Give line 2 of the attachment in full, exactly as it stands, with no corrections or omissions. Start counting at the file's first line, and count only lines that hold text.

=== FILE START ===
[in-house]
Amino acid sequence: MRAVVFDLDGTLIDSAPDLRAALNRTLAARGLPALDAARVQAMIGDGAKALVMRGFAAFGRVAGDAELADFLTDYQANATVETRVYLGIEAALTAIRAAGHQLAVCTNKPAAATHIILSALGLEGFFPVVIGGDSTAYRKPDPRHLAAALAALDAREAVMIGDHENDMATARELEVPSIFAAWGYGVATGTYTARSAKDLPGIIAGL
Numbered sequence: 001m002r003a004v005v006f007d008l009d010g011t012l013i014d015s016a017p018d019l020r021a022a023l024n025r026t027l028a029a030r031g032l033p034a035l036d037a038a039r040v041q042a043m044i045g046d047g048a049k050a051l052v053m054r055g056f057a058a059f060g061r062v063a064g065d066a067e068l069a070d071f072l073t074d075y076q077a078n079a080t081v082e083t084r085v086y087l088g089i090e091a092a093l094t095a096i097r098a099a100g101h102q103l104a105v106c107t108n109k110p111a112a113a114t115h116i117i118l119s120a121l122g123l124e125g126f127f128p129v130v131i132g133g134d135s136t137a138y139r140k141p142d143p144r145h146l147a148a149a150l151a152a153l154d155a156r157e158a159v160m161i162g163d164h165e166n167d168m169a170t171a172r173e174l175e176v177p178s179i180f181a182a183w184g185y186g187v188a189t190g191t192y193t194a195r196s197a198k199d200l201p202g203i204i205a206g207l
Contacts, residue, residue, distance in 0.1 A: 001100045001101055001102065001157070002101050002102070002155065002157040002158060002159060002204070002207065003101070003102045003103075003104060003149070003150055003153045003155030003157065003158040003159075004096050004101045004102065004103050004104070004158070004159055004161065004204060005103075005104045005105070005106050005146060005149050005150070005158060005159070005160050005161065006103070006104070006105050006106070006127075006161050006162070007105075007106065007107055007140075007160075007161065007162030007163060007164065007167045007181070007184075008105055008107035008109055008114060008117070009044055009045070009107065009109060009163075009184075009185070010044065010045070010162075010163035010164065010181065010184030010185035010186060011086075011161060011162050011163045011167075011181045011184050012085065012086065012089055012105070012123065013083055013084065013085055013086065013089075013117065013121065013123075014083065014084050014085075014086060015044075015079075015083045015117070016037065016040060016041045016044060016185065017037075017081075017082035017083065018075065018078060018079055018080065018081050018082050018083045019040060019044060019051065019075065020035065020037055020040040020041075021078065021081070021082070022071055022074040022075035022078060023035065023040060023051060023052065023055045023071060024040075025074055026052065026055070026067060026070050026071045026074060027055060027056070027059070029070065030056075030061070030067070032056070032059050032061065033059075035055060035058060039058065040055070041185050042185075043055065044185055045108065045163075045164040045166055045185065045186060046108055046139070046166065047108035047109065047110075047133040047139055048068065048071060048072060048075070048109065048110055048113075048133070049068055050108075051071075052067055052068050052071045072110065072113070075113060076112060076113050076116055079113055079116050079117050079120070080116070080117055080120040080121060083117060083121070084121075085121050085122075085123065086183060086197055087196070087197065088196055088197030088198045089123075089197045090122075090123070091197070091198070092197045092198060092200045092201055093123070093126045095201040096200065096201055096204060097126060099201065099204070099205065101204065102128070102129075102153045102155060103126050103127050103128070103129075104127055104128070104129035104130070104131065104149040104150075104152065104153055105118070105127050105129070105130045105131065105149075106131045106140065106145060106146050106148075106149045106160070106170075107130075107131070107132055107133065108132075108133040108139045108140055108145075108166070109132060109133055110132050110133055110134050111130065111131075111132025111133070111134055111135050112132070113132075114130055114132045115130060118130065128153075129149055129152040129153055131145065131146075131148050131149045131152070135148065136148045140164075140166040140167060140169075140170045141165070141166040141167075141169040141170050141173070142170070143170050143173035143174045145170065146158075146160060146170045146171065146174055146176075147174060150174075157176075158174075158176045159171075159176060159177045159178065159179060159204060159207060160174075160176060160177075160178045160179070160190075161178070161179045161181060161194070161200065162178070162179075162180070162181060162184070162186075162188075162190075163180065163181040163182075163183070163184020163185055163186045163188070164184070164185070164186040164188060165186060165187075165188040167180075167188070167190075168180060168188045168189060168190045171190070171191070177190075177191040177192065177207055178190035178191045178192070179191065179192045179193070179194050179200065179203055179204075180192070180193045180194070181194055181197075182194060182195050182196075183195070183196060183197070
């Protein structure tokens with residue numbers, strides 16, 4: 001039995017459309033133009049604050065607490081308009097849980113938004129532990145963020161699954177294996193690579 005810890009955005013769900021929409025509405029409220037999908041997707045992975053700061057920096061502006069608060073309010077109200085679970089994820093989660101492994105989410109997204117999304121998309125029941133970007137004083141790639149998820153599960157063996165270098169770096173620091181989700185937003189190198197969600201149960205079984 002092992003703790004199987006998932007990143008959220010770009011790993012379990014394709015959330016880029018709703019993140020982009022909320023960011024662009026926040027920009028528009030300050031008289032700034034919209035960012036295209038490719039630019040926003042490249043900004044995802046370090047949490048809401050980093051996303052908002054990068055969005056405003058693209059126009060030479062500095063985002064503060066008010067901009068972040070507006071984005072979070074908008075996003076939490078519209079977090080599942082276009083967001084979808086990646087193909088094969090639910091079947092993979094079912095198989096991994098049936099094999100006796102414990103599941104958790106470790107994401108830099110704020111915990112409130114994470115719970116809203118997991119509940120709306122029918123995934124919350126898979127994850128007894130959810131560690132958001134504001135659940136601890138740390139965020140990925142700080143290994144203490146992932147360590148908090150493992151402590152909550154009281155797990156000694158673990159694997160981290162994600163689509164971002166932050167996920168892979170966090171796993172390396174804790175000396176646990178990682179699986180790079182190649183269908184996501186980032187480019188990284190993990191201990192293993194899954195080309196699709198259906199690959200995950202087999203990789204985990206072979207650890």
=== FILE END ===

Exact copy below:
Amino acid sequence: MRAVVFDLDGTLIDSAPDLRAALNRTLAARGLPALDAARVQAMIGDGAKALVMRGFAAFGRVAGDAELADFLTDYQANATVETRVYLGIEAALTAIRAAGHQLAVCTNKPAAATHIILSALGLEGFFPVVIGGDSTAYRKPDPRHLAAALAALDAREAVMIGDHENDMATARELEVPSIFAAWGYGVATGTYTARSAKDLPGIIAGL